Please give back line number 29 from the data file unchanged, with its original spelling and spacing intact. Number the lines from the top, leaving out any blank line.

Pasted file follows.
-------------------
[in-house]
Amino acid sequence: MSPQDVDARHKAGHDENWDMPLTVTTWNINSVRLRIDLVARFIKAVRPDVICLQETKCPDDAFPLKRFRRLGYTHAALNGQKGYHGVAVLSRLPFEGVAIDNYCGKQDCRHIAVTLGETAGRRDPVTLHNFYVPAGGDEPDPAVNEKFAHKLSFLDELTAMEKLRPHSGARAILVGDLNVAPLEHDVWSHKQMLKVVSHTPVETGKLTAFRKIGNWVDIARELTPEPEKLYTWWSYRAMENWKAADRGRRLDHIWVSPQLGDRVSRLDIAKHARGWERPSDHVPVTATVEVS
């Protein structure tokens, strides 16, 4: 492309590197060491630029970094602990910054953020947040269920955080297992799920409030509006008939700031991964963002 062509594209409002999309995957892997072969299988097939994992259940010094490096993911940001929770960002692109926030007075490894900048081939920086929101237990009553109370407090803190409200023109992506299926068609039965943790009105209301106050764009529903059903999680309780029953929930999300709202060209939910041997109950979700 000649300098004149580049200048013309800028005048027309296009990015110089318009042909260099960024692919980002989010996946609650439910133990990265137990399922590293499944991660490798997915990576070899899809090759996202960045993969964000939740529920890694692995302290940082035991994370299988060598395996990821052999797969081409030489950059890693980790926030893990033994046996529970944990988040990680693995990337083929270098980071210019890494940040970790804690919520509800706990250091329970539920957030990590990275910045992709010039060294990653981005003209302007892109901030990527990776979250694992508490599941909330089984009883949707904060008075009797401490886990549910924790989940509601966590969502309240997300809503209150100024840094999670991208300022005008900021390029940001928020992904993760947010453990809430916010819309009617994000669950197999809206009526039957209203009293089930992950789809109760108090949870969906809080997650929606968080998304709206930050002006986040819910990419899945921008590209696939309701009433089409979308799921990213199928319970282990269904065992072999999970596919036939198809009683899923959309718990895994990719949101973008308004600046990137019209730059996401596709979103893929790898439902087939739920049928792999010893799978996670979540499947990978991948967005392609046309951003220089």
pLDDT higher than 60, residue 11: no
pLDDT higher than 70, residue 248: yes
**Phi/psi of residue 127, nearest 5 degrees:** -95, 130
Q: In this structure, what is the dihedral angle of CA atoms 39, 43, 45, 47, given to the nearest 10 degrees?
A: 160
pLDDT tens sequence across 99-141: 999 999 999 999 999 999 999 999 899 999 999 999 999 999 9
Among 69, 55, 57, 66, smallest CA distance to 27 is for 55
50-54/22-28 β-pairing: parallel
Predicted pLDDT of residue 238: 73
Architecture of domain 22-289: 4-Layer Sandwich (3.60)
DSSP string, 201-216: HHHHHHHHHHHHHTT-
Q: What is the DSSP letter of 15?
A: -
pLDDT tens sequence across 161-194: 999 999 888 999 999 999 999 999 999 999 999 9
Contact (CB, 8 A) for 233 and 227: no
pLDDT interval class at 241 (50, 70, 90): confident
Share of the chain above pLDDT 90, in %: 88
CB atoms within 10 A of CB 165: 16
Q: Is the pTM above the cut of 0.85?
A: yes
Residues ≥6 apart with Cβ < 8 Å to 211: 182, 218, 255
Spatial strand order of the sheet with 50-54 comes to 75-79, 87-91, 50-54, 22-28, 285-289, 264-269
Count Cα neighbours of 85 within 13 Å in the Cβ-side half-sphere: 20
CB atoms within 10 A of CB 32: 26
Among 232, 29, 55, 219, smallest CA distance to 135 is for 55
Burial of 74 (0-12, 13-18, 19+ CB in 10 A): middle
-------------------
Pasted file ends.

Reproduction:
Burial of 74 (0-12, 13-18, 19+ CB in 10 A): middle